There are a number of different banks available in Malta and I will detail the main banks below, plus with information of how to open a bank account in Malta so you know exactly where to go, what to do and what you’ll need! I’ve rated the banks out of FIVE STARS based on my personal experiences.
Some things to know about banking in general in Malta;
There is a serious lack of ATM cash machines. In general you only really find them on the outside of banks, meaning they’re mainly in busy, popular areas. You’re not guaranteed to have a cash point within walking distance, so try to be organised about always having enough cash on you (if needed).
Using the Banks
Actually going in to your bank and seeing a cashier or personal banker is an absolute nightmare. I can speak only for Gzira, Sliema and St Julians, but the banks in these areas are always so busy they’re almost unusable. On many occasions I’ve spent over an hour waiting in line and still not had a chance to see a cashier and ended up having to leave as I just didn’t have time. This can be very frustrating, so avoid going in to the bank unless absolutely necessary. These are very busy parts of the island though, so if you’re living elsewhere, perhaps you wont have this issue.
Bank Credit Cards in Malta
Ok, so credit cards are something very different over here. A credit card, when issued by a standard bank in Malta (such as HSBC, BOV etc) is not the same as you might expect- if you have a €500 credit card, the bank will freeze €500 of your own money in order to issue you the card. Therefore, you’re not actually given €500 in credit, so I’ve no idea what the point of this ‘credit card’ is, why it exists or how they can call it a ‘credit card’. Even once your card is paid off and you want to close the card and stop using it, it can be a real headache to try and get your frozen €500 cash back. DO NOT DO THIS. Go with a proper dedicated credit card company such as Yes Money– they know what they’re doing.
A bank is a hugely personal thing and not everyone will have the same experiences. I personally use BOV and would recommend them to anyone looking to open a bank account in Malta. HSBC is the next biggest on the island, and a popular choice. Other options include Banif and APS, neither of which I would recommend, but read on and make up your own mind on opening a bank account in Malta.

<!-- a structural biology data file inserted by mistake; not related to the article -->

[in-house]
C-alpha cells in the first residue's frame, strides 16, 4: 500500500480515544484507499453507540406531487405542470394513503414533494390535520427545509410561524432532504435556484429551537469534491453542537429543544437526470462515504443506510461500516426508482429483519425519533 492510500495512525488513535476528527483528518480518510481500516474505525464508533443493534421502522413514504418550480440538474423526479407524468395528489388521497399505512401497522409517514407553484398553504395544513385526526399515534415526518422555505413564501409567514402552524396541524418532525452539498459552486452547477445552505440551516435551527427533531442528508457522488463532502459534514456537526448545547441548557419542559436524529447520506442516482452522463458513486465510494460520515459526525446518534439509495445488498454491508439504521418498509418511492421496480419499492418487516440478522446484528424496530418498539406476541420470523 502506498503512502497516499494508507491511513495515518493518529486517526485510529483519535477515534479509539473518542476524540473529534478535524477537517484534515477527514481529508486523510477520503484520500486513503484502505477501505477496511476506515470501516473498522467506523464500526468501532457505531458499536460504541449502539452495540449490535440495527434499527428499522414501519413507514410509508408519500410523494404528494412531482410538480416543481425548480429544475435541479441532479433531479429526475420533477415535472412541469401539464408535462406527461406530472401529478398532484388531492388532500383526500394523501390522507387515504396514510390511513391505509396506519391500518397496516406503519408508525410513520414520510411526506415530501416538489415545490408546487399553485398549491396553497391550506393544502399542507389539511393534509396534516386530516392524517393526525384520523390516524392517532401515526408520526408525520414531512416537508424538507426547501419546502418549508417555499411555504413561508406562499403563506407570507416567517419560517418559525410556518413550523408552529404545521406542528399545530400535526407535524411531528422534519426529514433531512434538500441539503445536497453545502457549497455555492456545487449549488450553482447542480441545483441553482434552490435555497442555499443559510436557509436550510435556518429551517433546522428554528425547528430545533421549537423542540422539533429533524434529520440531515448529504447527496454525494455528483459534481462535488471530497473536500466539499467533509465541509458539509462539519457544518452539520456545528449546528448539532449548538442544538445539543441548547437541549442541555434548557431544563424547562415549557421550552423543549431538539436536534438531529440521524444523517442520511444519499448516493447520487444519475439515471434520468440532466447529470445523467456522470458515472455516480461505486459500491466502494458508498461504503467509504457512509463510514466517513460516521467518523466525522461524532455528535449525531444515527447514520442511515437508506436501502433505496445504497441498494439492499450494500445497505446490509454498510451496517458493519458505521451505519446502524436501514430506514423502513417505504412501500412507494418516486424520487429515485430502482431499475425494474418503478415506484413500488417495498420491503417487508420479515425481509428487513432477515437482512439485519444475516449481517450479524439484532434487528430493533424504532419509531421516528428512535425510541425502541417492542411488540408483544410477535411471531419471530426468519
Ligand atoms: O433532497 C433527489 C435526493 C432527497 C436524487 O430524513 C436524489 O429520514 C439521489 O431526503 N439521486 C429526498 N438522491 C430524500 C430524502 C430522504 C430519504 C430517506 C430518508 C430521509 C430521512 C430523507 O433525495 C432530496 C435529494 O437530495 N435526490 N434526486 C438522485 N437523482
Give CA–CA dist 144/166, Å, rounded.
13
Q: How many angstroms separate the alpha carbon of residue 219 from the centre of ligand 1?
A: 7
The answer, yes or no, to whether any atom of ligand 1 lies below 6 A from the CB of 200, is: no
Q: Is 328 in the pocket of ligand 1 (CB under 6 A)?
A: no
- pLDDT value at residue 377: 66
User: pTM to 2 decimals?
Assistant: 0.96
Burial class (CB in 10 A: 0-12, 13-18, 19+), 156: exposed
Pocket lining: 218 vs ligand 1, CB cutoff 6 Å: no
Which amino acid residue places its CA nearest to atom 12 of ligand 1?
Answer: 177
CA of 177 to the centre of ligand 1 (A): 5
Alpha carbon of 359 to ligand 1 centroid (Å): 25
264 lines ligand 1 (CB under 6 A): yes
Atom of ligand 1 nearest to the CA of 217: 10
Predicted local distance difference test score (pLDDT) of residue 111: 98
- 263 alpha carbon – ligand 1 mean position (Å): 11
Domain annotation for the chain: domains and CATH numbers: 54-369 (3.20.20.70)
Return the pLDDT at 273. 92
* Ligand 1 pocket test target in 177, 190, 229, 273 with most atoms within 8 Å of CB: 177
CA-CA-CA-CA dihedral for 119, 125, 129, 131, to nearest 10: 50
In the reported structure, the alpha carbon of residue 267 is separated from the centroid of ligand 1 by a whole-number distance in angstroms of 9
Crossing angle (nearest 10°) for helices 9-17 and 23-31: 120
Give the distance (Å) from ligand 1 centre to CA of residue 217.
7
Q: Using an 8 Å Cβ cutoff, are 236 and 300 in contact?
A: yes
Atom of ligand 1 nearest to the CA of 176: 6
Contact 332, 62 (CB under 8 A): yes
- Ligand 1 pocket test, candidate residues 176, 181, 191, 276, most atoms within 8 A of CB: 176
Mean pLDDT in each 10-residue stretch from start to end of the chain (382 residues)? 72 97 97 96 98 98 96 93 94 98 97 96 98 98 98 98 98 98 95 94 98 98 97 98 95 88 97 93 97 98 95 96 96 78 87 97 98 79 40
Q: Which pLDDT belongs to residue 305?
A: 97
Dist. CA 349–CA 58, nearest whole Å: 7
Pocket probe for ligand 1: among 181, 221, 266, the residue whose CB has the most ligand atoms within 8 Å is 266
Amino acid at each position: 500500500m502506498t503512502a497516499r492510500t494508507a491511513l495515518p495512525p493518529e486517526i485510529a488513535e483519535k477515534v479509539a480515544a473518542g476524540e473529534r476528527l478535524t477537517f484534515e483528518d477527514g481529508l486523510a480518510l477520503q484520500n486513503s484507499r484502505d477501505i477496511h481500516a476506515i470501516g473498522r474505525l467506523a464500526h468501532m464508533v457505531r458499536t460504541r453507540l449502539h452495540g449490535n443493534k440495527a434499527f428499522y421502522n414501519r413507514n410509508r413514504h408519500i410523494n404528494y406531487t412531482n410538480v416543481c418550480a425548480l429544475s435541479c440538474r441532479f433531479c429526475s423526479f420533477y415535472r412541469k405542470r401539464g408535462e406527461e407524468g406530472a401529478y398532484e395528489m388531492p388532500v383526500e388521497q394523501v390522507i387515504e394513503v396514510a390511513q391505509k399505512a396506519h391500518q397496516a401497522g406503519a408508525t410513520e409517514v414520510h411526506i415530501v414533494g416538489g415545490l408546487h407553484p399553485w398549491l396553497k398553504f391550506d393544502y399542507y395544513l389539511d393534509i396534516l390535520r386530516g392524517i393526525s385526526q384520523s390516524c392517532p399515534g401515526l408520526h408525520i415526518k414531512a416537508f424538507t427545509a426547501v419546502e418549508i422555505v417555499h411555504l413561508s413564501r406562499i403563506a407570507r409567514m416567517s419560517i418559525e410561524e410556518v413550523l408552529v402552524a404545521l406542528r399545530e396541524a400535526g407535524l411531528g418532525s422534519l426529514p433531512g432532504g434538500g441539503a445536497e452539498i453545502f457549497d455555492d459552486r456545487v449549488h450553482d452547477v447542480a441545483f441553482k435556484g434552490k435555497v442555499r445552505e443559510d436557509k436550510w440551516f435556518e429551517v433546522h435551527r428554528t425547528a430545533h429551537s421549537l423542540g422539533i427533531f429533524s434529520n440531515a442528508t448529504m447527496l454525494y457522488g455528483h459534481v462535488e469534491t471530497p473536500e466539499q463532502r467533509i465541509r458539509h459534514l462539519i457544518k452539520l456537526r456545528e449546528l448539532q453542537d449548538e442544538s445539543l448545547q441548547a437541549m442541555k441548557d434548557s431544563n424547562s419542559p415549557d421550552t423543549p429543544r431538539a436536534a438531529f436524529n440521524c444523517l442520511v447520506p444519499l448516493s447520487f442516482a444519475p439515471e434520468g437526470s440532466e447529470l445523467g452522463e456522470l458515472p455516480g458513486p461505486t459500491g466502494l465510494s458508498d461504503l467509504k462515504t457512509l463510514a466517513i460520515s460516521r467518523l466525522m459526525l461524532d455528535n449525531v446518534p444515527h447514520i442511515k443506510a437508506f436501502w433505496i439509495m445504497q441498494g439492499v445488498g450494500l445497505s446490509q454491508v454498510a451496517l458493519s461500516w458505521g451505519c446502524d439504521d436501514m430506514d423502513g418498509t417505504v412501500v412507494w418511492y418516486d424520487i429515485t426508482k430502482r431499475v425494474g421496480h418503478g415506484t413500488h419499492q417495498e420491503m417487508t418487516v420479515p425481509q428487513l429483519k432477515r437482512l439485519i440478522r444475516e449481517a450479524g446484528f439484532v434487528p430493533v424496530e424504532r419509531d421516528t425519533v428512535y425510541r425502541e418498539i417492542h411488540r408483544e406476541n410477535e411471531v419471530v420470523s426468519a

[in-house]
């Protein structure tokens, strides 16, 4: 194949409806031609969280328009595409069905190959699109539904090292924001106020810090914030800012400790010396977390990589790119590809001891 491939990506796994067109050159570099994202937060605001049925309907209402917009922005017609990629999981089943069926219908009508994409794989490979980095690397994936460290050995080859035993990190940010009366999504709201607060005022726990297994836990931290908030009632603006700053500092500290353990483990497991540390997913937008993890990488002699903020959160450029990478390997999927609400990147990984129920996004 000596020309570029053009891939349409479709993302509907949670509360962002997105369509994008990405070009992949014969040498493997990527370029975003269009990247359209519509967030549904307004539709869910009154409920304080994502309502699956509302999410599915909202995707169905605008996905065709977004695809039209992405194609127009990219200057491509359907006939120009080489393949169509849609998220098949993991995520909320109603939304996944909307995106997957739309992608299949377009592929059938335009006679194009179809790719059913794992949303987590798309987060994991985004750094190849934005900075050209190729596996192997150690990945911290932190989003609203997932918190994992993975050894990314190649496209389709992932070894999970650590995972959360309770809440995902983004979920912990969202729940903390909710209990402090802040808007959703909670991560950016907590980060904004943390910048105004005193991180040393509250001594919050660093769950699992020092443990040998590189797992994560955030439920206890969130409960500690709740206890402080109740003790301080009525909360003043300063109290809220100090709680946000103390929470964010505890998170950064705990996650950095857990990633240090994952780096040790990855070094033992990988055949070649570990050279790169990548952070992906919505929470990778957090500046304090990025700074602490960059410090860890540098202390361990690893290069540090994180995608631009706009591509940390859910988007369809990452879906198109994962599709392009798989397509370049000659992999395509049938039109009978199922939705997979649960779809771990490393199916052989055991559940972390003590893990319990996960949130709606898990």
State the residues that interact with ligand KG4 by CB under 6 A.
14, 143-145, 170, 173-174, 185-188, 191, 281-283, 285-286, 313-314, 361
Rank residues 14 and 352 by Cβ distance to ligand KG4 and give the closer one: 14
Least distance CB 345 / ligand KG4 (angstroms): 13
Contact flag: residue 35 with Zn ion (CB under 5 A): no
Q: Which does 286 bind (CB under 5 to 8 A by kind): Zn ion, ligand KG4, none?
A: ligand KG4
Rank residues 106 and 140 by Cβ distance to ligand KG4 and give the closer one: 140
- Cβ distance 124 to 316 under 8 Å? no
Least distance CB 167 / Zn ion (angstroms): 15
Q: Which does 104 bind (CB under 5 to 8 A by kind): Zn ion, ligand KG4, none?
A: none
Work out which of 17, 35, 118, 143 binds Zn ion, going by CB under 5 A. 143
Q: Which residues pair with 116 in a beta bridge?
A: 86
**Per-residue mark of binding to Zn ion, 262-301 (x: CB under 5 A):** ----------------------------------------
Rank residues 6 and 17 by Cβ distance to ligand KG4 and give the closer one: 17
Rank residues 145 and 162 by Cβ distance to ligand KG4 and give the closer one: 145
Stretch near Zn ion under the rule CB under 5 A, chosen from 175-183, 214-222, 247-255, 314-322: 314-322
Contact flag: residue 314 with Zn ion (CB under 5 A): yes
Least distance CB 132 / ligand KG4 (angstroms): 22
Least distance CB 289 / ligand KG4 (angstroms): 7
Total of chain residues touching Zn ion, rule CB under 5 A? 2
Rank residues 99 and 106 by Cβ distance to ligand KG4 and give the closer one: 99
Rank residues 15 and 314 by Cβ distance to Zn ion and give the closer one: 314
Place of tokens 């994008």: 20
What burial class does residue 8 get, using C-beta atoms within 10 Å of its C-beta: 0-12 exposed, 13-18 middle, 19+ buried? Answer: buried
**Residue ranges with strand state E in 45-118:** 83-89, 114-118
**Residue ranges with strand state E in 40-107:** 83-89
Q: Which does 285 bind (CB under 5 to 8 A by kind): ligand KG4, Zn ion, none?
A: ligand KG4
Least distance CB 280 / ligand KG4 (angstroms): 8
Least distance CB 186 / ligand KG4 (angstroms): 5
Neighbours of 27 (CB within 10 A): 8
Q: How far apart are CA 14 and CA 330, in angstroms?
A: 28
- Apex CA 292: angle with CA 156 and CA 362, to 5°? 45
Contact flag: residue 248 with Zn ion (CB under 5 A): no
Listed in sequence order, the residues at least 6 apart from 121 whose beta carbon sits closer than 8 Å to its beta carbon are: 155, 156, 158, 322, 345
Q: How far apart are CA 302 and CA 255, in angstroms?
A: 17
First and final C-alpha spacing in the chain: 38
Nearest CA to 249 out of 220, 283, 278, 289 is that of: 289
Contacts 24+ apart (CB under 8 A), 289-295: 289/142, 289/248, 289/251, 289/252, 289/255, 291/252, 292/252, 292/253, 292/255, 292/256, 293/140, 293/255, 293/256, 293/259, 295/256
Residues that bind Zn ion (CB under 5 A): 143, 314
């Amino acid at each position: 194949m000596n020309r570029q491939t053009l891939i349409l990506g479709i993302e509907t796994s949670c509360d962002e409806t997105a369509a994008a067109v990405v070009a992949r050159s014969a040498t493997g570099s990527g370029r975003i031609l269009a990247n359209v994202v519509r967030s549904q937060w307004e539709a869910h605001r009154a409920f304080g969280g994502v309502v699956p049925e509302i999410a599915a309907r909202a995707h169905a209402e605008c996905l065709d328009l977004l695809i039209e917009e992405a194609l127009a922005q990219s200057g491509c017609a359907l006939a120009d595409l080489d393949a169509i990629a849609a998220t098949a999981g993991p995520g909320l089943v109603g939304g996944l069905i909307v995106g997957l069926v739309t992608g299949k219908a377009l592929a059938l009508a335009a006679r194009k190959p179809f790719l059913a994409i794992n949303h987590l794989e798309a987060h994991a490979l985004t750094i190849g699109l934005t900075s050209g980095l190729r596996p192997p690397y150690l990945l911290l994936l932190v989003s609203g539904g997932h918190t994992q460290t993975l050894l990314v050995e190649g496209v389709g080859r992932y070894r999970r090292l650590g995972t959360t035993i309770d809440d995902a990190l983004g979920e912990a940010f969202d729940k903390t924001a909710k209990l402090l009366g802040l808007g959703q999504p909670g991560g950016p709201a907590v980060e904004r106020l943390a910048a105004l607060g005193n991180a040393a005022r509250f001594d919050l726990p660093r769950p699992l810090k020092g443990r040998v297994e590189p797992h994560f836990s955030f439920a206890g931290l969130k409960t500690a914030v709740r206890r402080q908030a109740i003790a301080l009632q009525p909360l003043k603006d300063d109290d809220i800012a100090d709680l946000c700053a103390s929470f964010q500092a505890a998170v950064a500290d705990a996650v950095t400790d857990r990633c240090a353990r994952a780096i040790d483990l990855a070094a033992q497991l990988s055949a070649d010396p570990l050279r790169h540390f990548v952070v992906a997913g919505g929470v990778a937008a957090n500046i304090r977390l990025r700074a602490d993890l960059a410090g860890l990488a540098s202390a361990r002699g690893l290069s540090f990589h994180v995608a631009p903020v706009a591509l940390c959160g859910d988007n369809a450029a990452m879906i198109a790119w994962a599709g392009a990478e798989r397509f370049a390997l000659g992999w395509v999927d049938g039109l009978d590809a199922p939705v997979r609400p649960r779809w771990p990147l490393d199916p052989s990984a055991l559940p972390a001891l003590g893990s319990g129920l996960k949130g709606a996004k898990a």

BOV in Malta (Bank of Valletta) ****
Things to Know
This is the bank I currently use and the bank I would absolutely recommend if you’re opening a bank account in Malta. They’re not perfect, but leaps and bounds ahead of the other banks on the island. All gaming companies on the island will use BOV, so if you work in gaming especially they’re ideal as you’ll get your wages faster and it’s probably the most used bank on the island.
Their online banking works well and their mobile app is great, you can always check things on the go. With BOV it does cost if you withdraw cash from an ATM in Malta that is not a BOV ATM. At the last try, it cos me €3.50, which is absolutely atrocious in my opinion.
Opening a Bank Account at BOV in Malta
Opening an account at BOV sounds easy, but due to a cultural slowness and lack of common sense within companies, it can end up taking quite a while. I had to provide a reference for some colleagues and you wouldn’t believe how long they took to process it. After claiming they never received it in the post, and refusing to accept a scanned copy via email I went and physically handed it in to the right person who still claimed she never got it. But this kind of thing is pretty common in Malta, as long as you do all you can, it’s a pretty simple process.
- Your ID– they will accept either a Maltese ID card or a passport. If you have a Maltese ID card, always use this as it makes the reference process easier. You have to have one to live here anyway, so I’d recommend just waiting to open the account until your ID card is sorted.
- A general reference– if you have an ID card then the reference can be from a bank, your employer, a lawyer and so on. Easiest way is your employer, on company headed paper they simply have to complete a form that BOV will be happy to send you via email. It asks for things like name, address and salary (not sure why this is necessary). If you don’t have an ID card then you’ll need a reference from your bank, which you cannot provide- BOV will contact your bank directly. Due to slowness with banks in general, on both sides, this can take a while.